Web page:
Table of Contents
What Is a Nameserver?
Your domain contains files assigned to something called a DNS (Domain Name System) record. A nameserver functions as an indicator of where you can locate your domain’s DNS records.
Imagine yourself opening an internet browser (like Chrome or Mozilla) to visit a particular website. The process goes like this:
- You type the web address on the browser’s URL portion. The background DNS servers receive server details about your site through your domain registrar (the company where you bought your domain name);
- The nameservers activate, pointing out the location of the website’s DNS records;
- Next, your browser reads and identifies this information from the DNS;
- Once it is interpreted, you’ll be able to see the website that you entered being loaded onto the screen.
What is a DNS?
To better understand nameservers and why these functions matter, it would serve you well to take a quick look at domain name systems and what these mean for websites.
Whenever you enter a domain name (i.e., “youwebsite.com,” “mywebsite.com,” etc.), your computer needs to convert the information into IP addresses (“18.104.22.168”). Your browser will then be able to locate and make sense of it.
The domain name system (DNS) takes this domain-name-turned-IP-address information into data that you, as the viewer, can navigate (as a complete website).
The DNS system consists of three major parts:
- The parent nameservers (there are only 13 parent nameservers worldwide).
- The company where you buy your domain (also known as the domain name registrar). Sometimes your domain is included in the hosting package – in that case, your host is your domain registrar. E.g., Web hosts like HostPapa, Hostinger, and GreenGeeks offer free a domain name with its plans.
- Your nameserver, an important piece of information if you plan to manipulate your DNS values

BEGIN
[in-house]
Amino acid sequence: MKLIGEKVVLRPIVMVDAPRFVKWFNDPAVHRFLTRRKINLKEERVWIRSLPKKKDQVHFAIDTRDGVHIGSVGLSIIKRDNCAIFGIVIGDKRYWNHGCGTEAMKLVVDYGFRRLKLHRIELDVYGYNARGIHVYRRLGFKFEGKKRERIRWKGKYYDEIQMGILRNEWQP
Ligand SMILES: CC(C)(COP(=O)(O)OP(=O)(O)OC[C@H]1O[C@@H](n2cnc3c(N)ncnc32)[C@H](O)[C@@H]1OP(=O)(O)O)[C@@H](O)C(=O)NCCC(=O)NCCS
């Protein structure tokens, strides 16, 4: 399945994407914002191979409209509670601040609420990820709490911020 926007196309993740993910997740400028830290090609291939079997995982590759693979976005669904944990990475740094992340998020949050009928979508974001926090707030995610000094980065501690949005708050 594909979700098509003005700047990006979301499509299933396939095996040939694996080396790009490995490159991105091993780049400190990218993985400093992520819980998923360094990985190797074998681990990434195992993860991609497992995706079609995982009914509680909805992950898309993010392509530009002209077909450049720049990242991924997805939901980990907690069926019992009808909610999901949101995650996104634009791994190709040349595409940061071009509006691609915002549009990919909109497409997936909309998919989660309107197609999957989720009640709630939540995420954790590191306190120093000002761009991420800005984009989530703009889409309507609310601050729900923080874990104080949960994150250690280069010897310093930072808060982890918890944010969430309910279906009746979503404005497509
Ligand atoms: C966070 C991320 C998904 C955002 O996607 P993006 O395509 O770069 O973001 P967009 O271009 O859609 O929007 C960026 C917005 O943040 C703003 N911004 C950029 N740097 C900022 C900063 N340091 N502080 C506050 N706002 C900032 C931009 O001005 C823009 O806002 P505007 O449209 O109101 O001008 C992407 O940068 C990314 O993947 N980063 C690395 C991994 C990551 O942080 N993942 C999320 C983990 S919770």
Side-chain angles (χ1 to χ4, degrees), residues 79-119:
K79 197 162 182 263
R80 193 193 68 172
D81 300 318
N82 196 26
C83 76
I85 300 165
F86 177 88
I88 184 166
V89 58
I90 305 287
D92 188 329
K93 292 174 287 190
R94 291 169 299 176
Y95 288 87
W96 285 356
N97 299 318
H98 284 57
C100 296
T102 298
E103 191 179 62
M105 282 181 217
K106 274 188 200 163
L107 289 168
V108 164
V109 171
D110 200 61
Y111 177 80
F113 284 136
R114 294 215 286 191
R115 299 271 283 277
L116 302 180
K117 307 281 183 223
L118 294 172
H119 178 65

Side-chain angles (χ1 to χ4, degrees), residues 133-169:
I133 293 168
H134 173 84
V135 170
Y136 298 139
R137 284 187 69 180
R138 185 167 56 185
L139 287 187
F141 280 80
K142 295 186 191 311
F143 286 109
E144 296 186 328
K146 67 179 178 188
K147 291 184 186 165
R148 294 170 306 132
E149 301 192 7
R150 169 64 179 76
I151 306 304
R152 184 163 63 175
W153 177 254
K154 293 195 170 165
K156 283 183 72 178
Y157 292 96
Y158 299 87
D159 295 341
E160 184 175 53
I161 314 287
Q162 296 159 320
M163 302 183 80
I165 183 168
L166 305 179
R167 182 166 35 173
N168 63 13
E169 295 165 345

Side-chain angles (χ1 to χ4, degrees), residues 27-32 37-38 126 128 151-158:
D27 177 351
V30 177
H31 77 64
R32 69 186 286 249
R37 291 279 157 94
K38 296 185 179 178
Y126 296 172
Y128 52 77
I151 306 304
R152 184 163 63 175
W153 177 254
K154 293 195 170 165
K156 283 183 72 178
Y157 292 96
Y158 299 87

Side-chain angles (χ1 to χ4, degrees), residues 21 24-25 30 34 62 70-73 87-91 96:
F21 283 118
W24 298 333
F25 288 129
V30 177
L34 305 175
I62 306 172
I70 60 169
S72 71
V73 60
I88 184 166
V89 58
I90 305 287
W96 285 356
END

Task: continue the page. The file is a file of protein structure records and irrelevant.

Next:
What Purpose Do Nameservers Serve?
The internet will only recognize your domain name if it has DNS records. If you’ve ever looked at the dashboard of your hosting provider (these are our top recommended web hosting providers in Australia and web hosts in Canada, just in case you haven’t made a decision yet), you’ll see things like “A,” “CNAME,” “MX,” and more. These are your DNS records.
Since domain names often move, the internet assigns nameservers to specific domain names. It quickly identifies which DNS record applies specifically to these locations.
How to Find a Domain’s Nameserver
Depending on your purpose, there are several methods for a user to search for a domain’s nameserver.
The most straightforward method is for people to search for the nameservers and modify their websites. You can do this when connecting to a CDN (content delivery network).
Log into your domain registrar and find your nameserver’s tab there.
Nameservers can appear in the following format:
How about investigating another site’s nameservers? For queries like this, your best bet is a search on WHOIS websites that contain domain information.
Another method for searching a website nameserver involves using the term “domain lookup” in the WHOIS query. You can check out the lookup tool in the ICANN (Internet Corporation for Assigned Names and Numbers) for even easier access.
Imagine if people had to memorize IP addresses to get to your website. Nameservers eliminate this process, improving your website’s speed, availability, security, and user experience.
Nameservers are clever little mechanisms for simplifying the web user experience, and now you know more about how it all works. Feel free to let us know your other web-related questions in the comments below.